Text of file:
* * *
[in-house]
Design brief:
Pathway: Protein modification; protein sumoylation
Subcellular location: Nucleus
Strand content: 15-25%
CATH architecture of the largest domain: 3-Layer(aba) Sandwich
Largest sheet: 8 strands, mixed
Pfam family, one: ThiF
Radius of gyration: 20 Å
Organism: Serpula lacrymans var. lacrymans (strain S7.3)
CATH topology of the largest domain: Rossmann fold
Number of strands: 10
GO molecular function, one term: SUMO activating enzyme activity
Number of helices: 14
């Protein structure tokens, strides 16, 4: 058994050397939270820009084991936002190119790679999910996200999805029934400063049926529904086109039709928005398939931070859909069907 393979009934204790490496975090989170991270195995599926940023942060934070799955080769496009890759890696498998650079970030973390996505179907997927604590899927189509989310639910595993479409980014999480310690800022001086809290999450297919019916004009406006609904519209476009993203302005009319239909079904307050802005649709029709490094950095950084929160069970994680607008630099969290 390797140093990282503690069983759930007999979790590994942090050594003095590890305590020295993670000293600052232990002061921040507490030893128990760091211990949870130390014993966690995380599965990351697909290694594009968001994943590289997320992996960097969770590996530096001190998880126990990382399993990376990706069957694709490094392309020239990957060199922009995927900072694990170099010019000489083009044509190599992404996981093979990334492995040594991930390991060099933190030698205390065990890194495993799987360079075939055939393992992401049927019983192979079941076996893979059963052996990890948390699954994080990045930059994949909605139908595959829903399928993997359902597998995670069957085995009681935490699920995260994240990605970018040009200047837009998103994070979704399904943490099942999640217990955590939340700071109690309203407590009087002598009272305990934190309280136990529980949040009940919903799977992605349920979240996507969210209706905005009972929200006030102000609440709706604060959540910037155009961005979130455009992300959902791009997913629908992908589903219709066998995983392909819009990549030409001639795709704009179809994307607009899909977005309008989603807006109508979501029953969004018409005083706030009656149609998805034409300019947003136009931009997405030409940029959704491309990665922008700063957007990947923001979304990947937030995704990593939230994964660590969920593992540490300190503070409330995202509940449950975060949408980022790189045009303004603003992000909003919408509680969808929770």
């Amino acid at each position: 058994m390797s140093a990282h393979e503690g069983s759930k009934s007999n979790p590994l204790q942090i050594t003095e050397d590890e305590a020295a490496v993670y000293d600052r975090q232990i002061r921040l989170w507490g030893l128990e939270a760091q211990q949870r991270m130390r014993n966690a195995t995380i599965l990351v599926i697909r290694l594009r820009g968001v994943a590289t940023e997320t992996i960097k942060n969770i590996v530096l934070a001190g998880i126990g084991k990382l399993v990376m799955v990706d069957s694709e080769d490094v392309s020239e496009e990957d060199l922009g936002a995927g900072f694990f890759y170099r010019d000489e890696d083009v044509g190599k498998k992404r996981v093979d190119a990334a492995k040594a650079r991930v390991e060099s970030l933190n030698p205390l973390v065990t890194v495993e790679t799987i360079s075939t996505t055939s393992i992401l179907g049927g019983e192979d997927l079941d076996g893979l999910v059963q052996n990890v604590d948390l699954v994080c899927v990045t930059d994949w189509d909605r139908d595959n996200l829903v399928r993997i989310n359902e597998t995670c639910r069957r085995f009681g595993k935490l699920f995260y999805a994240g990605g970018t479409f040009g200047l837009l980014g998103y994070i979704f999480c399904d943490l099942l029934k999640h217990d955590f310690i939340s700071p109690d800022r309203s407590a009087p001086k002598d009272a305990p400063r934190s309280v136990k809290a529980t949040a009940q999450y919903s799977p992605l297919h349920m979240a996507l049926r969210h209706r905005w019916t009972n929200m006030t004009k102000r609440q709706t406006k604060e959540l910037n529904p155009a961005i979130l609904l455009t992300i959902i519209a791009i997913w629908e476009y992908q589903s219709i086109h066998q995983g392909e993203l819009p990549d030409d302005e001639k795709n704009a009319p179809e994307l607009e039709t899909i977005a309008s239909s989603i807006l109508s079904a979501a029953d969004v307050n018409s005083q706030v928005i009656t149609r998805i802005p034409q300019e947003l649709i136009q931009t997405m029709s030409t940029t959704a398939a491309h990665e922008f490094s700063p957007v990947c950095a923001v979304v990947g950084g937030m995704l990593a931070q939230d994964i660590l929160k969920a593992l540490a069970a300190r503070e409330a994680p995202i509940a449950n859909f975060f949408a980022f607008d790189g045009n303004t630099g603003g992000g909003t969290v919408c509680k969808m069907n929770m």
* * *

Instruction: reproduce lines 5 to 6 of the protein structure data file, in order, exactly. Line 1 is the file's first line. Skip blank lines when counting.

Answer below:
Strand content: 15-25%
CATH architecture of the largest domain: 3-Layer(aba) Sandwich